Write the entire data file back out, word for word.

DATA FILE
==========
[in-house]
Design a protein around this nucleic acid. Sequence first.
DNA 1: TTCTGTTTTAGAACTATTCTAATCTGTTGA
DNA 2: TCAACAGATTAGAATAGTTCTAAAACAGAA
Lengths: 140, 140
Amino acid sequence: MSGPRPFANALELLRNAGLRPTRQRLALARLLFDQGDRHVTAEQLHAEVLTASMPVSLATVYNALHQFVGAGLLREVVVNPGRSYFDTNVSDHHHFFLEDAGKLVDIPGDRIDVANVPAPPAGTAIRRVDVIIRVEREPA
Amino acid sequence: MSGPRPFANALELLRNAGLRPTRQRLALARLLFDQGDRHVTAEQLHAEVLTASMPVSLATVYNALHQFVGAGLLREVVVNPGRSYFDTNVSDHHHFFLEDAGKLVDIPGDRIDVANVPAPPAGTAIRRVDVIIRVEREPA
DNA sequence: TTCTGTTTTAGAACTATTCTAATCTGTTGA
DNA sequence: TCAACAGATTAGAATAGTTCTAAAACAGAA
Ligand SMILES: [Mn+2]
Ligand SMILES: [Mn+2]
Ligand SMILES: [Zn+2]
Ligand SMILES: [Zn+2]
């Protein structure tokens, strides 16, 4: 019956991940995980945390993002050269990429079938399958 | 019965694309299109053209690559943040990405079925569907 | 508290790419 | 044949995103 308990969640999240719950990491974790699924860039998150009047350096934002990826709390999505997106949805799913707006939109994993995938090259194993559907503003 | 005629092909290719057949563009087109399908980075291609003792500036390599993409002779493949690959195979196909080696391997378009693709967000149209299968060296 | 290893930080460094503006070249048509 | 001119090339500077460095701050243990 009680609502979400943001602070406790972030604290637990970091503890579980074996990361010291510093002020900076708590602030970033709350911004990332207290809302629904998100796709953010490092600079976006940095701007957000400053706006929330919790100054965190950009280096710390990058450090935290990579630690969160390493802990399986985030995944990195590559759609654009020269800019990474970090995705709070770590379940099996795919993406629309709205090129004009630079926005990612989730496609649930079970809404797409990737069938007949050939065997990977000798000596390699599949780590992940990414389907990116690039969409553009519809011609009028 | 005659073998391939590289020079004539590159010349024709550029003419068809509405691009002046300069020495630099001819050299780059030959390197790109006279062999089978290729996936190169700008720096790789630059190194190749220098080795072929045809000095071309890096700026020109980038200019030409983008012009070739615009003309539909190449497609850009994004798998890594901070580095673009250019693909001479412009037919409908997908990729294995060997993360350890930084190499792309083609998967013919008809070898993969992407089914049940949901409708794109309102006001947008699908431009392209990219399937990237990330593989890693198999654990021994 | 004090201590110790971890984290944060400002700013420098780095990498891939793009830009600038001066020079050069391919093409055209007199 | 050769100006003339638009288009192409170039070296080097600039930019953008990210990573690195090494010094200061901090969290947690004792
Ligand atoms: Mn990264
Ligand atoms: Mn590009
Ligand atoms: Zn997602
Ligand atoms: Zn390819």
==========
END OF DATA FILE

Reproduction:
[in-house]
Design a protein around this nucleic acid. Sequence first.
DNA 1: TTCTGTTTTAGAACTATTCTAATCTGTTGA
DNA 2: TCAACAGATTAGAATAGTTCTAAAACAGAA
Lengths: 140, 140
Amino acid sequence: MSGPRPFANALELLRNAGLRPTRQRLALARLLFDQGDRHVTAEQLHAEVLTASMPVSLATVYNALHQFVGAGLLREVVVNPGRSYFDTNVSDHHHFFLEDAGKLVDIPGDRIDVANVPAPPAGTAIRRVDVIIRVEREPA
Amino acid sequence: MSGPRPFANALELLRNAGLRPTRQRLALARLLFDQGDRHVTAEQLHAEVLTASMPVSLATVYNALHQFVGAGLLREVVVNPGRSYFDTNVSDHHHFFLEDAGKLVDIPGDRIDVANVPAPPAGTAIRRVDVIIRVEREPA
DNA sequence: TTCTGTTTTAGAACTATTCTAATCTGTTGA
DNA sequence: TCAACAGATTAGAATAGTTCTAAAACAGAA
Ligand SMILES: [Mn+2]
Ligand SMILES: [Mn+2]
Ligand SMILES: [Zn+2]
Ligand SMILES: [Zn+2]
């Protein structure tokens, strides 16, 4: 019956991940995980945390993002050269990429079938399958 | 019965694309299109053209690559943040990405079925569907 | 508290790419 | 044949995103 308990969640999240719950990491974790699924860039998150009047350096934002990826709390999505997106949805799913707006939109994993995938090259194993559907503003 | 005629092909290719057949563009087109399908980075291609003792500036390599993409002779493949690959195979196909080696391997378009693709967000149209299968060296 | 290893930080460094503006070249048509 | 001119090339500077460095701050243990 009680609502979400943001602070406790972030604290637990970091503890579980074996990361010291510093002020900076708590602030970033709350911004990332207290809302629904998100796709953010490092600079976006940095701007957000400053706006929330919790100054965190950009280096710390990058450090935290990579630690969160390493802990399986985030995944990195590559759609654009020269800019990474970090995705709070770590379940099996795919993406629309709205090129004009630079926005990612989730496609649930079970809404797409990737069938007949050939065997990977000798000596390699599949780590992940990414389907990116690039969409553009519809011609009028 | 005659073998391939590289020079004539590159010349024709550029003419068809509405691009002046300069020495630099001819050299780059030959390197790109006279062999089978290729996936190169700008720096790789630059190194190749220098080795072929045809000095071309890096700026020109980038200019030409983008012009070739615009003309539909190449497609850009994004798998890594901070580095673009250019693909001479412009037919409908997908990729294995060997993360350890930084190499792309083609998967013919008809070898993969992407089914049940949901409708794109309102006001947008699908431009392209990219399937990237990330593989890693198999654990021994 | 004090201590110790971890984290944060400002700013420098780095990498891939793009830009600038001066020079050069391919093409055209007199 | 050769100006003339638009288009192409170039070296080097600039930019953008990210990573690195090494010094200061901090969290947690004792
Ligand atoms: Mn990264
Ligand atoms: Mn590009
Ligand atoms: Zn997602
Ligand atoms: Zn390819």